One of the most used buzz words in this campaign is the word “Stability”. Even those parties that have been in power since 10-10-10 and whose members wreaked instability in parliament and in government are now advocating the S-word. With these old parties having a track record of ship jumping, changing parliaments and breaking governments, can the electorate really expect them to offer the much needed stability and change that Sint Maarten deserves? Our country needs to be able to move forward in every sector of society? But instability has crippled Sint Maarten’s development and progress. Instability has led to no decisions concerning our landfill or the dump. Instability is the cause for the delay in the reconstruction of Sint Maarten post hurricane Irma. Rebooting the economy and the further development of the country are dependent on a stable government.
Unfortunately, the existing political parties have not been able to offer stability. We have had every possible combination of coalitions but these have all been short-lived. Putting the older parties in parliament again would be an act of insanity, which, according to world-renowned scientist, Albert Einstein, is doing the same thing over and over again but expecting different results. Voting for the same old parties and the same old politicians will once again bring the same old result: namely, instability in government. There is however, an alternative political party. The SMCP is a new and viable party that does not have a political history of ship jumpers, government-breaking and instability.
Realizing the importance of stability in government, SMCP will make this its number one priority when elected. In the event the voters give SMCP a majority, 8 seats or more, then you can be assured that SMCP will bring the needed stability in parliament and government. But should SMCP get elected as a minority party then we will allow the larger parties to form a coalition. Let it be known that SMCP has no problem functioning as an opposition party because a good functioning opposition in parliament is also extremely important.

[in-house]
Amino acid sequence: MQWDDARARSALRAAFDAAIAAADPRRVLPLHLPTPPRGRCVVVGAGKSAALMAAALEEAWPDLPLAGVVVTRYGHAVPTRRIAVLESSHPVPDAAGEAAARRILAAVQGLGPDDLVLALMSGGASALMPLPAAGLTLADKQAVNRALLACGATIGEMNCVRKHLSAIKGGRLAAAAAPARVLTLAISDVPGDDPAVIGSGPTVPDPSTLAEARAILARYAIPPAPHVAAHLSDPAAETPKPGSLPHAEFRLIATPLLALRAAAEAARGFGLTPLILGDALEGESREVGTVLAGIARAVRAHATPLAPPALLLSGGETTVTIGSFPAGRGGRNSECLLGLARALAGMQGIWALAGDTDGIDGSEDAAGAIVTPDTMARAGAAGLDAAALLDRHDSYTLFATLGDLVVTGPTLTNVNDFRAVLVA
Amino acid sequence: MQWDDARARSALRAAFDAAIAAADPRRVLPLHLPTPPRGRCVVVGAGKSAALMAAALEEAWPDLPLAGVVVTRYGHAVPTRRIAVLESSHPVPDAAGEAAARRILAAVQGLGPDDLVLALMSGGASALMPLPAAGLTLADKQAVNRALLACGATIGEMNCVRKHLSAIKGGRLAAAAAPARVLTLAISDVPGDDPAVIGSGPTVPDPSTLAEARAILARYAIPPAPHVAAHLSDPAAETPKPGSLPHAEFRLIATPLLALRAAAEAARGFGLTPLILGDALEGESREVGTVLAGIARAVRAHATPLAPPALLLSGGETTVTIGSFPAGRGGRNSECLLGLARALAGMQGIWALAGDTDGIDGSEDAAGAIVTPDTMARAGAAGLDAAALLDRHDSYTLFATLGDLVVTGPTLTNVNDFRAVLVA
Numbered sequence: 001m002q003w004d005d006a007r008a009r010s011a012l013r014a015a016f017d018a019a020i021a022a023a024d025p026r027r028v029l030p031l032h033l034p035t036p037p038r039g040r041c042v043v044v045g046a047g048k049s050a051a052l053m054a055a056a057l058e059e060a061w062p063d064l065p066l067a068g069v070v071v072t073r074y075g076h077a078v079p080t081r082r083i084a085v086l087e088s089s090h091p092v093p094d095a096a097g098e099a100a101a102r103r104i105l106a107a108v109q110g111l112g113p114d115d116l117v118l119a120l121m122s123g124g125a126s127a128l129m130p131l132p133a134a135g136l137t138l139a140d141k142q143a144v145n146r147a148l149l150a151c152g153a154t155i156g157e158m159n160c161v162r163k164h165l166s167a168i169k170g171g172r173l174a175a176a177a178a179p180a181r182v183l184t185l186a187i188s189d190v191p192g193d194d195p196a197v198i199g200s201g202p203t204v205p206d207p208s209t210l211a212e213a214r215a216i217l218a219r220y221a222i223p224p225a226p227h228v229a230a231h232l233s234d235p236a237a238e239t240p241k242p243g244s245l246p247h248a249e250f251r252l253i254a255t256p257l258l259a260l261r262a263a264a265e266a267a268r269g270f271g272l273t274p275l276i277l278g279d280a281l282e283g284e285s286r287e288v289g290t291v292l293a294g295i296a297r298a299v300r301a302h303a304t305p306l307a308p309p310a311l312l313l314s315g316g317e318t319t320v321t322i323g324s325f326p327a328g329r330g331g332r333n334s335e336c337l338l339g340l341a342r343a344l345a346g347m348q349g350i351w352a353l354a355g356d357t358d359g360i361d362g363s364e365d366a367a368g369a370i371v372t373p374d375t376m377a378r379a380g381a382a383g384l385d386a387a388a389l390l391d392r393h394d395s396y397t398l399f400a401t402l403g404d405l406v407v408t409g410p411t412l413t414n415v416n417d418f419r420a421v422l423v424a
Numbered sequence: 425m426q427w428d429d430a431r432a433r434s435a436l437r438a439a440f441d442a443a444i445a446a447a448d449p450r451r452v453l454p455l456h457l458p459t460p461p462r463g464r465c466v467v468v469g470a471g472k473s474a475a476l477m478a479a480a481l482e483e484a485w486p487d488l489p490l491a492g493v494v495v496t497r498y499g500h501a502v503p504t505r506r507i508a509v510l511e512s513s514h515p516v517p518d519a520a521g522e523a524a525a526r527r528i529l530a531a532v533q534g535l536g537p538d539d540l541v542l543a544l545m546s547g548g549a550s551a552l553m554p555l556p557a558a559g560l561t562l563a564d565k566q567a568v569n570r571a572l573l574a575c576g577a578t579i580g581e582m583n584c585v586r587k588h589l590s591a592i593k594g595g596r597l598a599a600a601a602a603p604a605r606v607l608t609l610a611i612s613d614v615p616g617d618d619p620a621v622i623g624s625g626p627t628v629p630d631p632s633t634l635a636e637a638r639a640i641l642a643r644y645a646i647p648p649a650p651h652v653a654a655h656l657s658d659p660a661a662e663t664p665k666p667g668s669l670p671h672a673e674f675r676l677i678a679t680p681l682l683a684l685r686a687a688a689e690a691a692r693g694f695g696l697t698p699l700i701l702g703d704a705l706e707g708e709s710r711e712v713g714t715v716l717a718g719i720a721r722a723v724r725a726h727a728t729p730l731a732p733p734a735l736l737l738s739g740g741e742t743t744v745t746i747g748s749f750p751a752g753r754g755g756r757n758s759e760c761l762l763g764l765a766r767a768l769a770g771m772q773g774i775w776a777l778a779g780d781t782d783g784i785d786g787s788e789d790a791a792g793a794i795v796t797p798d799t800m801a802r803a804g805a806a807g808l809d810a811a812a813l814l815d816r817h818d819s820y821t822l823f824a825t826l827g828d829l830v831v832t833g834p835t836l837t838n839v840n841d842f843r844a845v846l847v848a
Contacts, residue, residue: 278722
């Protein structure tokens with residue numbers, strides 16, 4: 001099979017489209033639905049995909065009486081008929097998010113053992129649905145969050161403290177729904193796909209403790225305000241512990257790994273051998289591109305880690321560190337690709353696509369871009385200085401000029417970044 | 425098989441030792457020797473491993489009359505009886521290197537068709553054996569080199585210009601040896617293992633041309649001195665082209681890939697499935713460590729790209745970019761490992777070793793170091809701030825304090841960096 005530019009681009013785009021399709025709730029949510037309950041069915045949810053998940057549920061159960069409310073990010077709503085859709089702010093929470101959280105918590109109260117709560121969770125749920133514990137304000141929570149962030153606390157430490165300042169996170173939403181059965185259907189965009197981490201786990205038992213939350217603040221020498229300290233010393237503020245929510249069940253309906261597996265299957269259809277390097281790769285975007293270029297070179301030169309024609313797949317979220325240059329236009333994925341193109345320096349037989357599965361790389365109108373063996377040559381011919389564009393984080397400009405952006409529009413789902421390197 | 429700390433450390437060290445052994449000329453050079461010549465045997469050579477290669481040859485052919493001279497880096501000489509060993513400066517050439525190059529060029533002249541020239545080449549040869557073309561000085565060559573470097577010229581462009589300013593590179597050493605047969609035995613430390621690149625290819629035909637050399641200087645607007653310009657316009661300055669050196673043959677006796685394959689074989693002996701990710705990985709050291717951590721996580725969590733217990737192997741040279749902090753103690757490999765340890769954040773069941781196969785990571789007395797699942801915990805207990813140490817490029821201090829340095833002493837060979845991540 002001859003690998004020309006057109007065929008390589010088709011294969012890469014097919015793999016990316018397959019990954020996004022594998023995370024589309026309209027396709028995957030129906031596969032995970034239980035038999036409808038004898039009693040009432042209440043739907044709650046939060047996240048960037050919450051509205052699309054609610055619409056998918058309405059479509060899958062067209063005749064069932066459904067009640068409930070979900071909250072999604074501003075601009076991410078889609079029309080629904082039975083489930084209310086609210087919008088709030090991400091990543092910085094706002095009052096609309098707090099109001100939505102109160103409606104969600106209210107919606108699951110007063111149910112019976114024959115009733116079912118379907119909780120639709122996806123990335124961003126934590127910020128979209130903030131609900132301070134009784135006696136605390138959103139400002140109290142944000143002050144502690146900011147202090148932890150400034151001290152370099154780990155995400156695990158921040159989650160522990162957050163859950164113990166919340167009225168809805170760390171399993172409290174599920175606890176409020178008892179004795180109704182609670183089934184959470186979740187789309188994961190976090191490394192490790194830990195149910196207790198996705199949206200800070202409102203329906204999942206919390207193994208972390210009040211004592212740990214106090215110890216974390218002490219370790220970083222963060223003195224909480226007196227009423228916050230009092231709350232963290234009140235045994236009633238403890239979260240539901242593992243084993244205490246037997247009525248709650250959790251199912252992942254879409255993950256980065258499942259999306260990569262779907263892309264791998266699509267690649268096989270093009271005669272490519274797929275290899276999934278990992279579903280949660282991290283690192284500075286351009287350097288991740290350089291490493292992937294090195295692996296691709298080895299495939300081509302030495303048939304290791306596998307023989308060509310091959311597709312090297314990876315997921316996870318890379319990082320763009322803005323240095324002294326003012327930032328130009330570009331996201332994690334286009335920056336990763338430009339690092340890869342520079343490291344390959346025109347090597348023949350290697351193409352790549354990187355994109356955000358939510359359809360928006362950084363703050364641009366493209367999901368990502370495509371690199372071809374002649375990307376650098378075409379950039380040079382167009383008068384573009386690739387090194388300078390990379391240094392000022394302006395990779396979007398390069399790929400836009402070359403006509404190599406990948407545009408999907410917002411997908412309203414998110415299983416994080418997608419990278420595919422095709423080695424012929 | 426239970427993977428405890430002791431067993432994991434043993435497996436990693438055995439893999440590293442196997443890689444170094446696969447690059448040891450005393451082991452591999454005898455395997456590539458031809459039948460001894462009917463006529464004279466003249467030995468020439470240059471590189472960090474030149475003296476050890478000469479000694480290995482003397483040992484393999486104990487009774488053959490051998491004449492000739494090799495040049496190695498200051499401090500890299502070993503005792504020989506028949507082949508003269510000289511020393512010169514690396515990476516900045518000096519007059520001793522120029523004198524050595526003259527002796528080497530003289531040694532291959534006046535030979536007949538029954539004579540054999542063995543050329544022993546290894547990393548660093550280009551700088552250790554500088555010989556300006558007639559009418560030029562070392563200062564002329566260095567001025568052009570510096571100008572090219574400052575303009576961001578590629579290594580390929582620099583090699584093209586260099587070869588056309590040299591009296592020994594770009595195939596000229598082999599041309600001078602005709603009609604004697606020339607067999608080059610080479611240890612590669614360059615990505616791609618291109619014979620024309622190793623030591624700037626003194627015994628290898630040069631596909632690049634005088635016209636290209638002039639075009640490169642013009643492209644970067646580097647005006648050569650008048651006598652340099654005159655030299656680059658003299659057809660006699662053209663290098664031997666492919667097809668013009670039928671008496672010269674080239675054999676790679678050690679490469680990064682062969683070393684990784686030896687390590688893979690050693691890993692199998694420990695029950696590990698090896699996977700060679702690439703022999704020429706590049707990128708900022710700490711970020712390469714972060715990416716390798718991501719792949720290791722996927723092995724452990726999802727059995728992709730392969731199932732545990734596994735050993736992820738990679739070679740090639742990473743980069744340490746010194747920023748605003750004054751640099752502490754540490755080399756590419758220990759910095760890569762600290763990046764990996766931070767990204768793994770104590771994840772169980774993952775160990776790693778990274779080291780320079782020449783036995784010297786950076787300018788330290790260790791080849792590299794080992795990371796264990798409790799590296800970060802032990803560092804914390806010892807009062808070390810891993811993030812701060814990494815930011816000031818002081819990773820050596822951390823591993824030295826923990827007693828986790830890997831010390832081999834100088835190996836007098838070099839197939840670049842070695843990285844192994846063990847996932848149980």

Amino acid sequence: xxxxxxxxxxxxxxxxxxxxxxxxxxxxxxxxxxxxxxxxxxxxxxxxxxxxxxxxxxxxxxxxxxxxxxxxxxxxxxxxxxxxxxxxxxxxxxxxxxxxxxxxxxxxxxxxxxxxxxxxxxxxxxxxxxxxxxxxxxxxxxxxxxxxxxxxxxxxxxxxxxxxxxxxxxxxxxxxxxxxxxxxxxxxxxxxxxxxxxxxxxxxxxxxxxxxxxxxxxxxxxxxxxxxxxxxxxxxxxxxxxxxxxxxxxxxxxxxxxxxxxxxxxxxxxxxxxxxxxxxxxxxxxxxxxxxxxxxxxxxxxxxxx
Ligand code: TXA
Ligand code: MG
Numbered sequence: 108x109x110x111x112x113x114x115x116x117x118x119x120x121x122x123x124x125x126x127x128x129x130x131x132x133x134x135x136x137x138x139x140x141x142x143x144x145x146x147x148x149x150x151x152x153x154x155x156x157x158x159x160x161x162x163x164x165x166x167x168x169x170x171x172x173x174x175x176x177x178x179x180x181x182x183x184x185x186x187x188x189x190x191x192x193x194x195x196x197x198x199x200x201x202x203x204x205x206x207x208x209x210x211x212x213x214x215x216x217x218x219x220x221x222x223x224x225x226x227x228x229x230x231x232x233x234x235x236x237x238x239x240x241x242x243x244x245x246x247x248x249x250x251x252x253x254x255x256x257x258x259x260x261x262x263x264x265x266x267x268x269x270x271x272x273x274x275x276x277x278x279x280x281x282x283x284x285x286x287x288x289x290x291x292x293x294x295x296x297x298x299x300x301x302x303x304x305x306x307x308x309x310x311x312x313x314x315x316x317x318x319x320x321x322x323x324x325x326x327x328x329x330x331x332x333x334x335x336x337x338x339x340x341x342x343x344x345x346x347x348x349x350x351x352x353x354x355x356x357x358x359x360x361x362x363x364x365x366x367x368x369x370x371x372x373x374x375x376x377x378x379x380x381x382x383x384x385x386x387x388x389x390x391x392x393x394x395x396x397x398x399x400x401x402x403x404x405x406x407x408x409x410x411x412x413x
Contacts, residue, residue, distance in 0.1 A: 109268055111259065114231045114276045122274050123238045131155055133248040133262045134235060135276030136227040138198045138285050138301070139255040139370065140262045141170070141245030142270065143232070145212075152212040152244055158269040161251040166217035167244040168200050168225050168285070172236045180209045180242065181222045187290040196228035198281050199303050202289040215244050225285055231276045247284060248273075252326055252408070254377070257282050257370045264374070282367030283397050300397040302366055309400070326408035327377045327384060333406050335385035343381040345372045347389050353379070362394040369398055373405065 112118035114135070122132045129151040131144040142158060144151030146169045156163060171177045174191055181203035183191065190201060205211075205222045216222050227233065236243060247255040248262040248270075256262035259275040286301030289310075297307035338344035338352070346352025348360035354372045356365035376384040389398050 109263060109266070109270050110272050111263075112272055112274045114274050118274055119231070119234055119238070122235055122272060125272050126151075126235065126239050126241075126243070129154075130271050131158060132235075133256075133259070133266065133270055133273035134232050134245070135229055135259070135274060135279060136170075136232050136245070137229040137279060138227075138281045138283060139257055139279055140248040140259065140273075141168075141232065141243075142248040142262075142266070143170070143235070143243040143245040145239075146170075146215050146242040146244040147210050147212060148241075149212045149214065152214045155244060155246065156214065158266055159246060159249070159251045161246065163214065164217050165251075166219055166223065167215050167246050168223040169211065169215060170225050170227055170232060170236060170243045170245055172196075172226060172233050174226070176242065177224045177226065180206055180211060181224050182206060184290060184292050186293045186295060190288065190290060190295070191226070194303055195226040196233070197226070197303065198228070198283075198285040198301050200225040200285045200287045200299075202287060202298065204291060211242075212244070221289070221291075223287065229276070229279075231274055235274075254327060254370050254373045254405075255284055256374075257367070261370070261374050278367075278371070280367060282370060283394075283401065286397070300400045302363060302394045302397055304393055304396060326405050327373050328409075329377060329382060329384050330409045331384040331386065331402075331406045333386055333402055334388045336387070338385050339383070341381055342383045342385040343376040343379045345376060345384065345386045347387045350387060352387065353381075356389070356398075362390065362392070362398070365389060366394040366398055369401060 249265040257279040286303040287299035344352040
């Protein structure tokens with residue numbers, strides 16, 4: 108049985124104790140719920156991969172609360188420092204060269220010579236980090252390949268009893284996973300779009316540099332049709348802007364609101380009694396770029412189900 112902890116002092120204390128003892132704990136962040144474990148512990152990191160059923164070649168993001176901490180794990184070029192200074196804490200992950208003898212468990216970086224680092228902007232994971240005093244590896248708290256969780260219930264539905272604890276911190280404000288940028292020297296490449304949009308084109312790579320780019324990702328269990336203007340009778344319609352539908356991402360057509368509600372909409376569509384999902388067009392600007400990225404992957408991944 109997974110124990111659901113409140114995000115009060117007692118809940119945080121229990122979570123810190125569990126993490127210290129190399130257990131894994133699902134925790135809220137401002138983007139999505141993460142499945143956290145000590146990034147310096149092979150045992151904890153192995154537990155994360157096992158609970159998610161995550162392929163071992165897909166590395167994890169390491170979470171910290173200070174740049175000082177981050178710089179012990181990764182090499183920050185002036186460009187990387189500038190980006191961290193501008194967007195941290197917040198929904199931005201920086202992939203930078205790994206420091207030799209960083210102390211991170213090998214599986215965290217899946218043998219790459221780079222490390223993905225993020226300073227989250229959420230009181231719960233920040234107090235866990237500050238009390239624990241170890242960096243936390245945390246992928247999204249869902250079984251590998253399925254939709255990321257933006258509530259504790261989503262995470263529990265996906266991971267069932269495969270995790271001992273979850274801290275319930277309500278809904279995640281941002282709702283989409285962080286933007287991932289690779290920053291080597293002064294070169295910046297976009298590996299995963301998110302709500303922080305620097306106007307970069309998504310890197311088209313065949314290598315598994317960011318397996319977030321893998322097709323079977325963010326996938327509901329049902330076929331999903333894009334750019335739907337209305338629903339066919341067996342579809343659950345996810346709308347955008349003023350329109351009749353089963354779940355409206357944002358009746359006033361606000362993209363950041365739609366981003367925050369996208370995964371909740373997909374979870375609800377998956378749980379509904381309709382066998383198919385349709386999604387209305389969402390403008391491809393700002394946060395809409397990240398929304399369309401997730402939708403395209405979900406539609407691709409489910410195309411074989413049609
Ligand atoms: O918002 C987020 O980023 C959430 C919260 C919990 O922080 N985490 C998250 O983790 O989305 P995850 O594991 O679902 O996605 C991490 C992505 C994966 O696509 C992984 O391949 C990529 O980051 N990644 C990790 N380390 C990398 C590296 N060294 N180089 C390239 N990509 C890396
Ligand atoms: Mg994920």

If SMCP is called to be a coalition partner then conditions will be set which SMCP believes will help to guarantee a strong parliament and a stable government.
In the first place, SMCP will not be pressured into signing a coalition agreement hours after the election results are made known. Secondly, SMCP will insist that the governor follows existing protocols already in place such as appointing an Informateur and a Formateur. The Governor should charge the Informateur to explore the possibility of a national parliamentary coalition in which the MPs from all elected political parties are represented. If the MPs agree to a national parliamentary coalition then the next step for the Governor would be to appoint a Formateur who will consult with all the elected parties and their MPs to prepare a national governing program. In addition, these MPs will select the Prime Minister from amongst themselves and together they will select qualified, capable and experienced ministers, ideally not from their political lists, to execute the national governing program.
In the event the Informateur does not succeed in forming a national parliamentary coalition then he/she will try to achieve a consensus from among the elected political parties that have the best chance of forming a durable parliamentary coalition. The Informateur would look, for example, at the history, philosophy, principles, internal working procedures and protocols of the various parties. This would enable him/her to observe compatibilities between parties as well as explore any non-negotiable issues parties may have. Discussions concerning the formation of a coalition should take place in a neutral place, like e.g. the Parliament Building and all the elected MPs must be consulted.
After the Informateur submits his/her report, the Governor in turn will appoint a Formateur who will work with the coalition parties to prepare the governing program, select the Prime Minister and choose qualified, capable and experienced ministers, ideally not from the political lists, who also can withstand any screening. Ministers are selected jointly by the MPs to reduce the risk of a particular faction or a particular MP laying claim to a minister and saying “that’s my Minister”. SMCP will also ensure that the selected Ministers are aware of the governing program and what is required of them prior to their taking office. SMCP will insist that the governing program is presented to parliament and debated in order to give the people insight into what the government plans to do during the upcoming governing period.
To ensure stability in parliament all of SMCP’s candidates have signed a pledge, included in our Manifesto, not to defect during this parliamentary term. The stability offered by SMCP will result in a strong and steady government, which will enable Sint Maarten to move forward again. Stability will enable government to take decisions to get the reconstruction going, the economy growing and the dump dwindling. Sint Maarten, vote for stability! Vote SMCP!
Leader of the Sint Maarten Christian Party